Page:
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Part 2: The Ugly Truth about Product Launches

Hillary Weiss recently posted an article on Medium titled: 8 observations from a crumbling niche – and how to avoid getting crushed.

Photo by Andrew Amistad on Unsplash

I don’t know Hillary personally. But I wish I did, because what she wrote was pretty badass. She articulated the state of the industry more succinctly than I ever could.

Deep within my chosen industry a massive change earthquake is underway. As we weave nimbly between clients, projects, and launches, we watch the trends, systems, and strategies come and go like seasons, and we watch the mighty rise … and the mighty fall.”

Hillary then goes on to say:

“It’s impacting a number of once-heavy-hitters in the space  —  industry giants who, coincidentally, are watching their businesses tank while continuing to teach business and branding to the unsuspecting masses.”

I would suggest you read her article before you continue. It’s a great read; it’s pretty accurate, and it’ll give you some contextual “color” for the rest of this page.

Go. I’ll wait. Promise.

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Okay, you back?

There is shit hidden under the carpet — never spoken about out in the open (for a good reason) — and I’m going to expose you to some of that now.

Launches today earn less, not more.

They require a ton of work.

They need an ever growing team to pull off all the moving parts.

A few years ago a product launch could be effectively executed by one person. Like John Reese back in 2004 with Traffic Secrets.

That was before everyone and their mother jumped on the launch bandwagon and saturated the market with their $2K commoditized product launches, peddling them like candy at a baby shower.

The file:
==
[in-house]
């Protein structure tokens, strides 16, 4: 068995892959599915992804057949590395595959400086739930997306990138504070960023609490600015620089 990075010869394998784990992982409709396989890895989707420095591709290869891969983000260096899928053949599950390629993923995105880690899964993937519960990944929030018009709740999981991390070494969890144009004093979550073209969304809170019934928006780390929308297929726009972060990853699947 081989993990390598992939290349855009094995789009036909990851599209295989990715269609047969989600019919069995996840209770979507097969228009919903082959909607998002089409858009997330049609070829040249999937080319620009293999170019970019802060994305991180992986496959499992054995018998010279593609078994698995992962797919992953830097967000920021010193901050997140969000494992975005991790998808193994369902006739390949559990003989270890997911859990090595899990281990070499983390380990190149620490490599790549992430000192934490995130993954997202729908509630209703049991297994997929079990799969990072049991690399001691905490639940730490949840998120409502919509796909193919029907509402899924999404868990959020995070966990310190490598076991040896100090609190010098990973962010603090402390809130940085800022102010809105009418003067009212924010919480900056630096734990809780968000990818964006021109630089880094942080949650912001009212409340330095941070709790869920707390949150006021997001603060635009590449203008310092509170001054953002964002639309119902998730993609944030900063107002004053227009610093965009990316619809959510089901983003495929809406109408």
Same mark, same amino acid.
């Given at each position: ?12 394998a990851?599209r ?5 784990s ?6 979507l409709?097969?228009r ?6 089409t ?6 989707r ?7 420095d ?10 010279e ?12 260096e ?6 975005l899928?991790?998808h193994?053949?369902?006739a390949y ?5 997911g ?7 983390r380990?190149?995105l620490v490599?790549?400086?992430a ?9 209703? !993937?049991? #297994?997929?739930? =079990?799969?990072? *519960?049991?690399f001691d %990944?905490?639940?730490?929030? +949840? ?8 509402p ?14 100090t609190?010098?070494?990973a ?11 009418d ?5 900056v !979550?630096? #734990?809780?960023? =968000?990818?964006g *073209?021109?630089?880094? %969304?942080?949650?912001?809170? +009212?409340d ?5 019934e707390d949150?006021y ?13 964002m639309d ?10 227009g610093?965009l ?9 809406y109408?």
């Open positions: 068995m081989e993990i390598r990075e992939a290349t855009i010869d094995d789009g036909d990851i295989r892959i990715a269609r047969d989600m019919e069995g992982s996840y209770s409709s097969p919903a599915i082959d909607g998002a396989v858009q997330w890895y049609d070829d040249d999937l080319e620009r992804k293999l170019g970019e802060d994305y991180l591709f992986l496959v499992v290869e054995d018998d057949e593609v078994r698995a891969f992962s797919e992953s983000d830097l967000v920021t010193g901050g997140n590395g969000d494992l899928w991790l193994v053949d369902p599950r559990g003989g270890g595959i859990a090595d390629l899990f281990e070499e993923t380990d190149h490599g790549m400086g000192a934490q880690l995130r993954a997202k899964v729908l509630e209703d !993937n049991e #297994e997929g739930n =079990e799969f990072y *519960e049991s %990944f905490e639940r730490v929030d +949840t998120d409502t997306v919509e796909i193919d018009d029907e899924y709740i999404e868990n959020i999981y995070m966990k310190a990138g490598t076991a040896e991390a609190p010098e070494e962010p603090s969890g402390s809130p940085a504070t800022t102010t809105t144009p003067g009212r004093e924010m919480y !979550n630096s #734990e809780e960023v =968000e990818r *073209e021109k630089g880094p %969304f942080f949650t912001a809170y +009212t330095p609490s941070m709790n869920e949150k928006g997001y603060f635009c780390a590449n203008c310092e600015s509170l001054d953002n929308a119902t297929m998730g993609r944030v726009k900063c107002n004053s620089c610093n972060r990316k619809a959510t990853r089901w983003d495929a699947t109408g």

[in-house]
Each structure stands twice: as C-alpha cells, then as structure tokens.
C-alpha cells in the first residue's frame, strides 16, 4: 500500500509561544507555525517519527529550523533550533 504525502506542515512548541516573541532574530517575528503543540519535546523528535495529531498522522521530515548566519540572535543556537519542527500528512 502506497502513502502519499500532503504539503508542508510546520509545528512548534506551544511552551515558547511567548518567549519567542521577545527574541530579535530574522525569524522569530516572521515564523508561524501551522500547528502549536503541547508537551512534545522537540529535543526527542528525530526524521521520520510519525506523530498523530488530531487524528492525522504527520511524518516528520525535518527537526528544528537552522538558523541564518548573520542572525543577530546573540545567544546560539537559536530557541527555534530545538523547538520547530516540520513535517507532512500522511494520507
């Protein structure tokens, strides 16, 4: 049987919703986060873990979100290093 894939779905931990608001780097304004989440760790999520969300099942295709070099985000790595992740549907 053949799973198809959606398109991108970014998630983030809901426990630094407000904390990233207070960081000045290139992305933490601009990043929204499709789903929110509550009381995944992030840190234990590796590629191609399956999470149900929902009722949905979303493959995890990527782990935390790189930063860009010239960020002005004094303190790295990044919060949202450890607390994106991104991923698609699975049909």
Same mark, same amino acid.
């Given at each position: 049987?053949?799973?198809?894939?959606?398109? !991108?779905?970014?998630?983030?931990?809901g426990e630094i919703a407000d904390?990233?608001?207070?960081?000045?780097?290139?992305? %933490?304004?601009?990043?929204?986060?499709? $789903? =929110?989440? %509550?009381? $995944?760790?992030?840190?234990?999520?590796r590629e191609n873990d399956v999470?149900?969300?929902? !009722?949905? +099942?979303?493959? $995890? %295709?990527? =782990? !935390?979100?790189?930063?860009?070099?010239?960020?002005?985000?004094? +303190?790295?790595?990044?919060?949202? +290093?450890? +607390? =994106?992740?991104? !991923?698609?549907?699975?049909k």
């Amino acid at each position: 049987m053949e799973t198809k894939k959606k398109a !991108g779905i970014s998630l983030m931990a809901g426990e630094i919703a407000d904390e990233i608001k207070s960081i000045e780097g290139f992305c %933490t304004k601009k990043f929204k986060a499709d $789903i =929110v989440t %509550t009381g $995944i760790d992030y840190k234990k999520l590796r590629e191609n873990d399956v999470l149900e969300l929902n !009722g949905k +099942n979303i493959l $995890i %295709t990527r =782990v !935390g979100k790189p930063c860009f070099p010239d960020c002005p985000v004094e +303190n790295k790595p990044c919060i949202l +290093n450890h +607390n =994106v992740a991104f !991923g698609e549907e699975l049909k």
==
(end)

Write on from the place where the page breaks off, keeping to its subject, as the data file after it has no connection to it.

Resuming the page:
They greedily gorged on the teats of the golden launch cow, until the responsiveness of the market tanked under the weight.

But instead of stopping, or pivoting towards a more value-first customer-centric approach, they just threw more “launch tactics” at the problem.

Typical brute force mentality.

Surveys and quizzes, complexed front-end segmentation funnels, retargeting out the wazoo, 10s of 1000s on FB ads, live chat, multiple merchant accounts to rotate through, phone call-in desks to process “failed orders,” and email automation that required a rocket scientist to set up.

Make no mistake, pulling off a “successful” launch now COSTS A LOT. In time, labor, stress, money and opportunity cost.

I “air quoted” successful because it’s relative. It’s perceived. This is the part few ever hear about.

We hear about the sexy “vanity metrics” stories bandied about like a hooker at a frat party. But those numbers are BS. They tell none of the real stories.

Let’s look at what a typical product launch looks like when the vanity metrics have been peeled back to reveal the shitstorm underneath:

Vanity Metrics

Vanity Metrics 101

Speak to any product launch marketer who has run a “successful” (there are those air quotes again) product launch, and they’ll probably be happy to cite their gross sales:

Yeah bro, we did $1.2 million baby!

That’s called a vanity metric, sunshine. And it never tells the whole story. Ever. It’s never the NET money-in-the-pocket left at the end of the story.

EXAMPLE ($1.1 Million Product Launch)

For the record, I’ve not pulled these numbers from “where the sun don’t shine”. I’ve run this by two “launch managers” who have worked for some of the biggest players in our space for the past decade. I’ve also used very conservative numbers to represent the “typical” launch scenario.

Vanity Metric: $1.1 million launch

But now let’s break down the ACTUAL numbers after costs.

Refund rates on a high-ticket launch can be anything from 20-50% of gross “vanity metric” sales. I’ll use 20%. That’s $220K.

Next comes the affiliate (JV partner) commission payout of 50%. That’s $440K. A decent JV Manager can run up to 25% after refunds and affiliate commission (excluding retainer). I’ll use 15%. That’s $66K (minus the retainer).